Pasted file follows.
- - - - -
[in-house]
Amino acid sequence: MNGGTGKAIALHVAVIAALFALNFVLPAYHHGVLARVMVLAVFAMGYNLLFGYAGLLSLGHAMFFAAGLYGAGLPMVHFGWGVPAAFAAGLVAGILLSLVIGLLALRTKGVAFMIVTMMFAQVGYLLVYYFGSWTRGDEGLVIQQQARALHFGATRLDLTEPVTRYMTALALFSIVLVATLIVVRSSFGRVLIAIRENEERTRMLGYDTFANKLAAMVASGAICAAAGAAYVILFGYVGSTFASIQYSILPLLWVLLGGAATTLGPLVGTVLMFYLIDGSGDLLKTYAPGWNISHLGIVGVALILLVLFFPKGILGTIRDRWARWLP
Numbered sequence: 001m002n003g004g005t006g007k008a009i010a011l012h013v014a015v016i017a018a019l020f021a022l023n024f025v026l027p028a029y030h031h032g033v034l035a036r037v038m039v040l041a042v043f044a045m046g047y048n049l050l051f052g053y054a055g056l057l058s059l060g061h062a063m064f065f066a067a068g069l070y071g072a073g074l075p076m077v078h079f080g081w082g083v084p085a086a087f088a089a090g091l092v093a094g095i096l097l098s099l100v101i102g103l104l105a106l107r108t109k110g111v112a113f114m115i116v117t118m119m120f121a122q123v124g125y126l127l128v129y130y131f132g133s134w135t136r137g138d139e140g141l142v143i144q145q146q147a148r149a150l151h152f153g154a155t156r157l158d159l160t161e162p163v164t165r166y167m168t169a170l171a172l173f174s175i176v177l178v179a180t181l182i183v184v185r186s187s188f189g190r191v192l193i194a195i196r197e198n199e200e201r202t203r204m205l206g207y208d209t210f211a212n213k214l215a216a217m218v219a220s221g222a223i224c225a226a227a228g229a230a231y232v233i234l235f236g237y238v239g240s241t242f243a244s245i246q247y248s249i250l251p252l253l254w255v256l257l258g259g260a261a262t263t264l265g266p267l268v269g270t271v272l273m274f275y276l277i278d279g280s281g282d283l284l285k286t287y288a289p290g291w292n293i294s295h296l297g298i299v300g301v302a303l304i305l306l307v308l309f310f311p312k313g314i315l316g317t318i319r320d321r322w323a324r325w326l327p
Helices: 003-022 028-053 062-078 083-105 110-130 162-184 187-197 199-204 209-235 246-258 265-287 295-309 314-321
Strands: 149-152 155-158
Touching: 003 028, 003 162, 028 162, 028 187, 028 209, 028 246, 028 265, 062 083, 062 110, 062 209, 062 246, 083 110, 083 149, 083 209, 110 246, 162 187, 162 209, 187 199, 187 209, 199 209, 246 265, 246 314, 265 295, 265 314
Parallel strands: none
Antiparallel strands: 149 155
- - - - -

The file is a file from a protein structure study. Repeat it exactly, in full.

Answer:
[in-house]
Amino acid sequence: MNGGTGKAIALHVAVIAALFALNFVLPAYHHGVLARVMVLAVFAMGYNLLFGYAGLLSLGHAMFFAAGLYGAGLPMVHFGWGVPAAFAAGLVAGILLSLVIGLLALRTKGVAFMIVTMMFAQVGYLLVYYFGSWTRGDEGLVIQQQARALHFGATRLDLTEPVTRYMTALALFSIVLVATLIVVRSSFGRVLIAIRENEERTRMLGYDTFANKLAAMVASGAICAAAGAAYVILFGYVGSTFASIQYSILPLLWVLLGGAATTLGPLVGTVLMFYLIDGSGDLLKTYAPGWNISHLGIVGVALILLVLFFPKGILGTIRDRWARWLP
Numbered sequence: 001m002n003g004g005t006g007k008a009i010a011l012h013v014a015v016i017a018a019l020f021a022l023n024f025v026l027p028a029y030h031h032g033v034l035a036r037v038m039v040l041a042v043f044a045m046g047y048n049l050l051f052g053y054a055g056l057l058s059l060g061h062a063m064f065f066a067a068g069l070y071g072a073g074l075p076m077v078h079f080g081w082g083v084p085a086a087f088a089a090g091l092v093a094g095i096l097l098s099l100v101i102g103l104l105a106l107r108t109k110g111v112a113f114m115i116v117t118m119m120f121a122q123v124g125y126l127l128v129y130y131f132g133s134w135t136r137g138d139e140g141l142v143i144q145q146q147a148r149a150l151h152f153g154a155t156r157l158d159l160t161e162p163v164t165r166y167m168t169a170l171a172l173f174s175i176v177l178v179a180t181l182i183v184v185r186s187s188f189g190r191v192l193i194a195i196r197e198n199e200e201r202t203r204m205l206g207y208d209t210f211a212n213k214l215a216a217m218v219a220s221g222a223i224c225a226a227a228g229a230a231y232v233i234l235f236g237y238v239g240s241t242f243a244s245i246q247y248s249i250l251p252l253l254w255v256l257l258g259g260a261a262t263t264l265g266p267l268v269g270t271v272l273m274f275y276l277i278d279g280s281g282d283l284l285k286t287y288a289p290g291w292n293i294s295h296l297g298i299v300g301v302a303l304i305l306l307v308l309f310f311p312k313g314i315l316g317t318i319r320d321r322w323a324r325w326l327p
Helices: 003-022 028-053 062-078 083-105 110-130 162-184 187-197 199-204 209-235 246-258 265-287 295-309 314-321
Strands: 149-152 155-158
Touching: 003 028, 003 162, 028 162, 028 187, 028 209, 028 246, 028 265, 062 083, 062 110, 062 209, 062 246, 083 110, 083 149, 083 209, 110 246, 162 187, 162 209, 187 199, 187 209, 199 209, 246 265, 246 314, 265 295, 265 314
Parallel strands: none
Antiparallel strands: 149 155